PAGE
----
A report into the police handling of the investigation into a triple murder during riots in Birmingham in 2011 finds the victims’ families “understandably feel failed by the system they trusted”.
On 10 August 2011 during rioting in Birmingham, three men – Haroon Jahan (aged 21), Shazad Ali (aged 30) and Abdul Musavir (aged 31) – were struck by a car and killled in the Winson Green area of the city.
The Independent Police Complaints Commission (IPCC) found that Detective Inspector (DI) Khalid Kiyani, the family liaison co-ordinator for the murder investigation, offered eyewitnesses to the incident immunity from prosecution from public order offences if they provided witness statements.
His offering of immunity to a group of unknown individuals without due consideration to potential offences or appropriate authorisation was a reckless act IPCC Deputy Chair Rachel Cerfontyne
The IPCC found that DI Kiyani, who retired in October 2012 after 30 years’ service, would have had a case to answer for gross misconduct if he had still been serving.
The report rejected DI Kiyani’s claim that the senior investigating officer on the case, Detective Chief Inspector (DCI) AnthonyTagg, had authorised his promise of immunity.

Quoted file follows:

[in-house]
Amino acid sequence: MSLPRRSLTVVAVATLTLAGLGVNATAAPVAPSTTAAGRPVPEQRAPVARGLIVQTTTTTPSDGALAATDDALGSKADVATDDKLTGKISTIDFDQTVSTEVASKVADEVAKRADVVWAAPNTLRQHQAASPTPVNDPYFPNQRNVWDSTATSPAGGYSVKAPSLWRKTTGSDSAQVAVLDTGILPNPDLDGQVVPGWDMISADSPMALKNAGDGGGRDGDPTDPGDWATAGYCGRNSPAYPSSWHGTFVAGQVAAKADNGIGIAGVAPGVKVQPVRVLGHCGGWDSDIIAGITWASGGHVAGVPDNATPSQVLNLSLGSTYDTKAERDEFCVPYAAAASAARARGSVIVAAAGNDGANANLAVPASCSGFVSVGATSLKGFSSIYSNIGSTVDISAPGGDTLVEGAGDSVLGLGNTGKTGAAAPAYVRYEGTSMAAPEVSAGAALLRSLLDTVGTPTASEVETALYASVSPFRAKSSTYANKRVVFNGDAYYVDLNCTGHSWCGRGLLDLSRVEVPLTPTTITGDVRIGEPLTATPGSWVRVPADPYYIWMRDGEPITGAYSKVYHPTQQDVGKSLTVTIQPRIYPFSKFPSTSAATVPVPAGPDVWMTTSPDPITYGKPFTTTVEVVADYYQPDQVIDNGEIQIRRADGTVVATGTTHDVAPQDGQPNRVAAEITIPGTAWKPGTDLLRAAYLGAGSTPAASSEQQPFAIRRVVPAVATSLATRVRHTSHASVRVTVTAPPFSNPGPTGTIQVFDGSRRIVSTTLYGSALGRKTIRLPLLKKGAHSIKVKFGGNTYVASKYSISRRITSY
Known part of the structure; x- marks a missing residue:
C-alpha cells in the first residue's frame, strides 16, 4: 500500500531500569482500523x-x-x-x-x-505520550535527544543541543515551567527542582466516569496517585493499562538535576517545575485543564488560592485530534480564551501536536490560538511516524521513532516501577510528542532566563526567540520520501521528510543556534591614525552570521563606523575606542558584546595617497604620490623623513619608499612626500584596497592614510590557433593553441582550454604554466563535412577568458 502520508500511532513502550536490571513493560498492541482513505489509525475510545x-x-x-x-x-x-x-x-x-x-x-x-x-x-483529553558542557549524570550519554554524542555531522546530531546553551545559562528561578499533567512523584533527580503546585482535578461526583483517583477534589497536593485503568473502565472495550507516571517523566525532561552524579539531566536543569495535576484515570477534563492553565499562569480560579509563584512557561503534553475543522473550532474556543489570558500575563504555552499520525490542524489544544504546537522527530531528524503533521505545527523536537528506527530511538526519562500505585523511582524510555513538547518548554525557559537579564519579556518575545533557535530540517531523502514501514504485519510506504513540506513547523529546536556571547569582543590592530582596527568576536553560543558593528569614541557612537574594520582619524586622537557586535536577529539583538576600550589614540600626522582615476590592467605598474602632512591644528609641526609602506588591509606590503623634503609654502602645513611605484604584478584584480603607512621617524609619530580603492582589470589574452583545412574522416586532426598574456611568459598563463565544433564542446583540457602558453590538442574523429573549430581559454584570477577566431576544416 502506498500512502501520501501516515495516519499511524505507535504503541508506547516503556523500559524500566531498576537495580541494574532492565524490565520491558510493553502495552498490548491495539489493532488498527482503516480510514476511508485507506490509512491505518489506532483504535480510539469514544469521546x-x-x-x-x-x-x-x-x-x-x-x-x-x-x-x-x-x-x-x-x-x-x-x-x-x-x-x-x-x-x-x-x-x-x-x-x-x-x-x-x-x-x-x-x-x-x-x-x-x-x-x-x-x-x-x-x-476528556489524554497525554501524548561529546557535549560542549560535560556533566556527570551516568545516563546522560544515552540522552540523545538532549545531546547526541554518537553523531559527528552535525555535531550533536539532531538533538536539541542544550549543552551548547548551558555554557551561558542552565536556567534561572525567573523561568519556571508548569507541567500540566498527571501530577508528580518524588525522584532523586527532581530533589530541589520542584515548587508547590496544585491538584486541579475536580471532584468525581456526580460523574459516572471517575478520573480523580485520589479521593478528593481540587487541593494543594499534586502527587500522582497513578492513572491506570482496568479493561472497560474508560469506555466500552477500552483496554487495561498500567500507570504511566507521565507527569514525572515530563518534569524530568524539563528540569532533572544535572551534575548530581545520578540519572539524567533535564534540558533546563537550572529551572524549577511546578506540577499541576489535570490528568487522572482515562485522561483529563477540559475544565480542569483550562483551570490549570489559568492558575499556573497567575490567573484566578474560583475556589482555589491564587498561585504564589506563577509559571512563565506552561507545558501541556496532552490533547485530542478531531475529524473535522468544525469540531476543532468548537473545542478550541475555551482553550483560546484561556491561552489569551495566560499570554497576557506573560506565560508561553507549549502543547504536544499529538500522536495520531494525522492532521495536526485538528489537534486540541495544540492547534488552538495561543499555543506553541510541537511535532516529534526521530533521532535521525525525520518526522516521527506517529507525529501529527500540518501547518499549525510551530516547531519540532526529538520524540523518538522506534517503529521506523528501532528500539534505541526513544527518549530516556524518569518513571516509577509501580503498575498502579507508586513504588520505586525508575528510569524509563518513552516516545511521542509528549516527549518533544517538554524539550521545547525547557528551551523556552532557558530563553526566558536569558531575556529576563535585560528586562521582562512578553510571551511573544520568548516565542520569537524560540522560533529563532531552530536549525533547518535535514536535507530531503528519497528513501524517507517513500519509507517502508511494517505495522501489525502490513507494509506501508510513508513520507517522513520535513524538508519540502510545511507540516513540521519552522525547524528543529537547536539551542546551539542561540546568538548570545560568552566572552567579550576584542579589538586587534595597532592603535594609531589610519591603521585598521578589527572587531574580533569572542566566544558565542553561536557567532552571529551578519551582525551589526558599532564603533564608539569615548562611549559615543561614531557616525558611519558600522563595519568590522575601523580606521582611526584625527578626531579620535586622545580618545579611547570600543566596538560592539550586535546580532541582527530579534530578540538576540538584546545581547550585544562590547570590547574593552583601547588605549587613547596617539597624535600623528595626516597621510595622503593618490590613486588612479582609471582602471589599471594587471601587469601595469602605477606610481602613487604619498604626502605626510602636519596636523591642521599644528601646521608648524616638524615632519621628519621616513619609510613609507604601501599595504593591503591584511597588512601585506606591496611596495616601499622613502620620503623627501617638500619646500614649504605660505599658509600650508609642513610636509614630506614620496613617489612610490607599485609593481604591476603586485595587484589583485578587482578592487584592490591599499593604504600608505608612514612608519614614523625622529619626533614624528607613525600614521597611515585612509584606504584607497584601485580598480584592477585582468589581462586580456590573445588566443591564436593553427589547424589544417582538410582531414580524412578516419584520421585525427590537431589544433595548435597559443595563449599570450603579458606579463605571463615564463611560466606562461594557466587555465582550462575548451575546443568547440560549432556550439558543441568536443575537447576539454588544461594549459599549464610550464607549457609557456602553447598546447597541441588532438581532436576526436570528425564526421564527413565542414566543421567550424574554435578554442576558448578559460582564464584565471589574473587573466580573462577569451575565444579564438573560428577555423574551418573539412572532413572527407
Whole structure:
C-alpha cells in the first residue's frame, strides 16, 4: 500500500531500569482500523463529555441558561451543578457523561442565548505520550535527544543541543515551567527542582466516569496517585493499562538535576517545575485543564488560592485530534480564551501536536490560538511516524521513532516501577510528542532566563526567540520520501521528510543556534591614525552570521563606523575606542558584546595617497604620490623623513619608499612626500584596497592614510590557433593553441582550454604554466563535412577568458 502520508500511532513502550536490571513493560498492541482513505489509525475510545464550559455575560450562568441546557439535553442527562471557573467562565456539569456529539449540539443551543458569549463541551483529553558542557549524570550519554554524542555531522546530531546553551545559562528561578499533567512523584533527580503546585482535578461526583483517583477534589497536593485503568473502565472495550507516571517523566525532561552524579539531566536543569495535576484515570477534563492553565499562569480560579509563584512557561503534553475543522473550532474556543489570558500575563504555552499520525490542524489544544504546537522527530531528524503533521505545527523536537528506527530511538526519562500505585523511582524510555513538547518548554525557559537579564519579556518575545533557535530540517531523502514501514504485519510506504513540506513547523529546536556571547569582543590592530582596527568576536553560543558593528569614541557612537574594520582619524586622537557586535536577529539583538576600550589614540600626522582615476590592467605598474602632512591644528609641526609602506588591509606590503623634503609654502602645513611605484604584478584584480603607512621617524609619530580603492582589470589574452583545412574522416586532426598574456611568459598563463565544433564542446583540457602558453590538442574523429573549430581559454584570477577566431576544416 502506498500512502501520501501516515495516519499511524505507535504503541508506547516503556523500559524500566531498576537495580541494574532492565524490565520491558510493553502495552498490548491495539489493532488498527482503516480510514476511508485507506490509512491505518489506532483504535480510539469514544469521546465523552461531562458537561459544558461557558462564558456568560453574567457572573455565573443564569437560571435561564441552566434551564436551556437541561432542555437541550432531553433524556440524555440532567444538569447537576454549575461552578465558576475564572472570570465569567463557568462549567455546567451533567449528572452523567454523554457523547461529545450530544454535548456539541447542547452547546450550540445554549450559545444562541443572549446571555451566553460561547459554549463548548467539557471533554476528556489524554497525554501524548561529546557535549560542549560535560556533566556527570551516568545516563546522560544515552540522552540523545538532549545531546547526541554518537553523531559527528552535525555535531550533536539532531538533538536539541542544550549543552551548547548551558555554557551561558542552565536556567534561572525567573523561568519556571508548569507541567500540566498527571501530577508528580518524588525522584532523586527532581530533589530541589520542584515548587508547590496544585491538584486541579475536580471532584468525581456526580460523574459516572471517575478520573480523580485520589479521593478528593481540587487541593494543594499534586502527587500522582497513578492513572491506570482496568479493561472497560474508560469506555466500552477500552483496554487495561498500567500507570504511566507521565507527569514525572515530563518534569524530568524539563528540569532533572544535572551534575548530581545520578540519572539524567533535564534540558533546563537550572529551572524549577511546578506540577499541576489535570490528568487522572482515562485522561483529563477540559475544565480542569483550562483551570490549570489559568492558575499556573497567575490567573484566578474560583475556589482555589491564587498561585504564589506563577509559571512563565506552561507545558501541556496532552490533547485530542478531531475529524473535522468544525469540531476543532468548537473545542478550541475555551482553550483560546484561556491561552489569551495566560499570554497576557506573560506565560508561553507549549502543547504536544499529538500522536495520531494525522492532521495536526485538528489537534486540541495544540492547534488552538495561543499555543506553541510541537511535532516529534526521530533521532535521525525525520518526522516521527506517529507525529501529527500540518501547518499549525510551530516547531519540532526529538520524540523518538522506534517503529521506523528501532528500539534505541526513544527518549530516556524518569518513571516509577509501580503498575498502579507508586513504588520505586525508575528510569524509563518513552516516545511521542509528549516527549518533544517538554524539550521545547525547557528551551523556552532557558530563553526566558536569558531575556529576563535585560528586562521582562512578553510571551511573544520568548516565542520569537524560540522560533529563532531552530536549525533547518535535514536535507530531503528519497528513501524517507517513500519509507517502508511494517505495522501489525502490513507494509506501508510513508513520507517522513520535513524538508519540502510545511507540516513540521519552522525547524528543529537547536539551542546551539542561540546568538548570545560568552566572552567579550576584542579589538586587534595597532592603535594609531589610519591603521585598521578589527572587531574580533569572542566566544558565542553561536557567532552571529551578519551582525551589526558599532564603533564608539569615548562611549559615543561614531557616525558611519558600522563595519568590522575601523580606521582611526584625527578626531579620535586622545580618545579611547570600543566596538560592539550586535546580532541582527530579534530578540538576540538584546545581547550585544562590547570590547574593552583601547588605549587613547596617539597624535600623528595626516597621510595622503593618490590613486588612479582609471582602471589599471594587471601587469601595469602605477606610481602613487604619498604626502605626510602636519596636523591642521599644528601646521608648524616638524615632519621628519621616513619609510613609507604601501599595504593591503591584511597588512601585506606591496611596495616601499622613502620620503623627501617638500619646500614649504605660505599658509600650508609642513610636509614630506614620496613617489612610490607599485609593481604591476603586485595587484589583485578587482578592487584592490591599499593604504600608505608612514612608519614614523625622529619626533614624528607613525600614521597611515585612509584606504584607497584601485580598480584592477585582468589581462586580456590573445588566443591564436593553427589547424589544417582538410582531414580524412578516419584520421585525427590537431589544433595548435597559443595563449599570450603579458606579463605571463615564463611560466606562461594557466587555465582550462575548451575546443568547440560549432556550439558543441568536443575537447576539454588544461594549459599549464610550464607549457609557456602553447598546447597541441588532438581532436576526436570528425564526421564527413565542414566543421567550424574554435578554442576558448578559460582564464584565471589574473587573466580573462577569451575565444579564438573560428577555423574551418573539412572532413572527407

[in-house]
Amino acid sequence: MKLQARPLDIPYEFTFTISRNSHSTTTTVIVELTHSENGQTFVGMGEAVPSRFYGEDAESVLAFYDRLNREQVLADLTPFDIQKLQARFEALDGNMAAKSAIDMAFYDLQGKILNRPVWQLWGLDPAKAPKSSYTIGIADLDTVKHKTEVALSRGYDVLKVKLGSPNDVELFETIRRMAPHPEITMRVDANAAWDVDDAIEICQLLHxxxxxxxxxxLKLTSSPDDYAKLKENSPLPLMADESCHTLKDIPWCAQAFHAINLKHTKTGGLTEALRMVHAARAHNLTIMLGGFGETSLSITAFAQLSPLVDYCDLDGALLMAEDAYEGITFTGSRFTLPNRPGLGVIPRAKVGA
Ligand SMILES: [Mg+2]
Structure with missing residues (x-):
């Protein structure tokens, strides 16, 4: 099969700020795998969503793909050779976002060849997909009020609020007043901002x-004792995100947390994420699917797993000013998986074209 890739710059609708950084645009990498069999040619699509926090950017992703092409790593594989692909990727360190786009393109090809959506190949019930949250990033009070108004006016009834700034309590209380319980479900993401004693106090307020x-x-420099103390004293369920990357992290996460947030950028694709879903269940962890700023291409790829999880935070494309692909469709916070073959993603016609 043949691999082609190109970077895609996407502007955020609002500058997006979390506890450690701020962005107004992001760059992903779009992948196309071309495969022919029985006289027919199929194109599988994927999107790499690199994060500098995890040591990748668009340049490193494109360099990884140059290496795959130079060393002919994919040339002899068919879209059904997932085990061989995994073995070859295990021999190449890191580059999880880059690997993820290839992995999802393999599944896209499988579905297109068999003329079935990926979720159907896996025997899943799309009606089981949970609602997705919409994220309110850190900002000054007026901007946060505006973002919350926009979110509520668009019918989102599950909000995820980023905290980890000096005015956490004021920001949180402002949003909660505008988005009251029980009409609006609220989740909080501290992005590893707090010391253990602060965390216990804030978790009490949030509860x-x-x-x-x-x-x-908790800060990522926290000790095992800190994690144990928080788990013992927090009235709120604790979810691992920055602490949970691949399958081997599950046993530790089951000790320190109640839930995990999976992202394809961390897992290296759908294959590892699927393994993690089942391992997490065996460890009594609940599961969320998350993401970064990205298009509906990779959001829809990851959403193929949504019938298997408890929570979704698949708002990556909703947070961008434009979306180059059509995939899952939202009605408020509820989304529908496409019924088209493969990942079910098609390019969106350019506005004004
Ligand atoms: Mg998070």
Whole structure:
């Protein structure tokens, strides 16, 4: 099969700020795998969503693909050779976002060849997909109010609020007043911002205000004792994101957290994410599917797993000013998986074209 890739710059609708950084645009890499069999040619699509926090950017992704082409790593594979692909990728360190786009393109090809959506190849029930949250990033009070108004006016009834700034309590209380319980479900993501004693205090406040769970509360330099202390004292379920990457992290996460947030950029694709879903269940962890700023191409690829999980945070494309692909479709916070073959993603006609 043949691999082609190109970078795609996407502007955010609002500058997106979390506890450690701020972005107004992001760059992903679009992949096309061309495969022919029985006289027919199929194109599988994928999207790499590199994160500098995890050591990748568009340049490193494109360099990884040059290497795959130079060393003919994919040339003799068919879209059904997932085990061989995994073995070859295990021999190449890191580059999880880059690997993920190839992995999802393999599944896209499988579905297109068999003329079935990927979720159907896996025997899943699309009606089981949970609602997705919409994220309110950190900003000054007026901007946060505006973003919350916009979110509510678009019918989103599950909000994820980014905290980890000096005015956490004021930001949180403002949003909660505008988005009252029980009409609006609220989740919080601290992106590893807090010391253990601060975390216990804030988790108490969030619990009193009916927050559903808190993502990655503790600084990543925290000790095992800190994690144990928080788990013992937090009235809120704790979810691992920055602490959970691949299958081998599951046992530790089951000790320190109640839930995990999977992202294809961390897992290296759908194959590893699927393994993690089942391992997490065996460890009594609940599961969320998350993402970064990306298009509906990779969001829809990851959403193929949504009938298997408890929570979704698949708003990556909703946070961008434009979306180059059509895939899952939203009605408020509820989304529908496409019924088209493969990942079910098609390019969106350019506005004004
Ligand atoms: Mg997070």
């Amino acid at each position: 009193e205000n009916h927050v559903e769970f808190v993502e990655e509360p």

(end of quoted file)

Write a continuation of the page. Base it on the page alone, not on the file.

The IPCC Deputy Chair Rachel Cerfontyne said: “Three young men were tragically killed during a time of extraordinary rioting across many of our cities. There can be no doubt that community tensions were extremely high at the time and there was significant pressure on police. Everyone will remember the poignancy and courage of the bereaved families involved in calling for calm so soon after their tragic loss.”
“Detective Inspector Kiyani was attempting to encourage individuals within the local community to come forward and provide details to progress the triple murder investigation. However, as an experienced senior officer, his offering of immunity to a group of unknown individuals without due consideration to potential offences or appropriate authorisation was a reckless act.”
The failure to disclose to the defence the offer of immunity from prosecution later led to the collapse of a trial of eight men for the three murders. The IPCC report found that DCI Tagg should have been more forcible and clear in advising prosecution counsel of the immunity issue and recommended that he be “reminded of his responsibilities as a senior investigating officer.”
Read more: Bereaved father Tariq Jahan tells Channel 4 News 'I expected justice. All I got was a slap in the face'
One of the victims, Shazad Ali, was newly wed at the time of his death and never met his son Abdul who his wife Khansa is now bringing up alone. Speaking to Channel 4 News Home Affairs Correspondent Darshna Soni his sister Sumera called on West Midlands police to reopen their investigation.